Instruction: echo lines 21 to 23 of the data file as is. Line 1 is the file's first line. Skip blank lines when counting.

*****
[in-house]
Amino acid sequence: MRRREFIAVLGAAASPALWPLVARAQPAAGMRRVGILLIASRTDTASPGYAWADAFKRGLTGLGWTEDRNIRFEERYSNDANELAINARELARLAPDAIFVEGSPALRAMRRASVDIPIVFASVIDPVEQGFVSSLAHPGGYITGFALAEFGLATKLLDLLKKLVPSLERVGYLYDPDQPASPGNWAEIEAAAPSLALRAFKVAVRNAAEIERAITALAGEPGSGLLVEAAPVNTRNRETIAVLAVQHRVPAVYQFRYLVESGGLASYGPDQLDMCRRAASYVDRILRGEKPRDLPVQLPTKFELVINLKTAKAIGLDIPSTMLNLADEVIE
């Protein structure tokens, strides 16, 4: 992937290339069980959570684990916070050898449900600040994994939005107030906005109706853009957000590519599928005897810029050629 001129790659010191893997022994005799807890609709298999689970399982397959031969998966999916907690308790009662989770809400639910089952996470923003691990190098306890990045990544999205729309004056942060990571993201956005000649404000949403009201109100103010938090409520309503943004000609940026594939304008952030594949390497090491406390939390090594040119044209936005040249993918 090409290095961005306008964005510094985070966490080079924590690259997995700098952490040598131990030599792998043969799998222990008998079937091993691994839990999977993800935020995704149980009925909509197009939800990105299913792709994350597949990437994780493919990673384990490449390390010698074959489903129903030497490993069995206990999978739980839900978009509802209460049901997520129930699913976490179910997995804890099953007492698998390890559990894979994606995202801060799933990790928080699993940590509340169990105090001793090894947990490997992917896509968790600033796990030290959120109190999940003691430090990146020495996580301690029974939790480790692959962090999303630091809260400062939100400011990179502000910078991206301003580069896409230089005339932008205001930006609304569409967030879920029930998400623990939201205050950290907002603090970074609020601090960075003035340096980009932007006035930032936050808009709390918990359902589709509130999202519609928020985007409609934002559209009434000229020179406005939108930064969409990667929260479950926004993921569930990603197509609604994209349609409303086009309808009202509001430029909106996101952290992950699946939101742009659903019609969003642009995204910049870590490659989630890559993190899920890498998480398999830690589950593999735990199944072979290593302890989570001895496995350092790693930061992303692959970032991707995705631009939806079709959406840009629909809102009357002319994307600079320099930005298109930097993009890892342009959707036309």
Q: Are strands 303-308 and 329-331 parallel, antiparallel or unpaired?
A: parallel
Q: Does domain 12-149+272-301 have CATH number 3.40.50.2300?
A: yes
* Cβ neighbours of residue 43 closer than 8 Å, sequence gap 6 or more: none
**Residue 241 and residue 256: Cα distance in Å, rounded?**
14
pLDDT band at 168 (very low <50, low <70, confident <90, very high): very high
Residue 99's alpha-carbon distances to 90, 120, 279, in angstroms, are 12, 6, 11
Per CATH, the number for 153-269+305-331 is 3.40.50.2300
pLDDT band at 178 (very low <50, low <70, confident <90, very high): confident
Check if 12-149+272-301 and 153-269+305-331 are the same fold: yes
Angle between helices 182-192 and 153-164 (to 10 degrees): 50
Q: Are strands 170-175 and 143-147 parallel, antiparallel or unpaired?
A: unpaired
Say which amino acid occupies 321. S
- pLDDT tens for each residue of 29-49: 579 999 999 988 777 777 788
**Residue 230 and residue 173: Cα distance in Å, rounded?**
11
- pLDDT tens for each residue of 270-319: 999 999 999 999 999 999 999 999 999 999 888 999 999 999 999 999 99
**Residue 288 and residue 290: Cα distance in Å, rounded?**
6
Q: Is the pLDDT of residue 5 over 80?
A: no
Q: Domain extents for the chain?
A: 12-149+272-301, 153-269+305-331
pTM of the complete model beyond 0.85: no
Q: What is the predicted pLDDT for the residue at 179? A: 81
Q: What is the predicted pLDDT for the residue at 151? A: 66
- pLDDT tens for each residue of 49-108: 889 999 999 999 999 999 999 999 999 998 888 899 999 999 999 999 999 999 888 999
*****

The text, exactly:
**Residue 230 and residue 173: Cα distance in Å, rounded?**
11
- pLDDT tens for each residue of 270-319: 999 999 999 999 999 999 999 999 999 999 888 999 999 999 999 999 99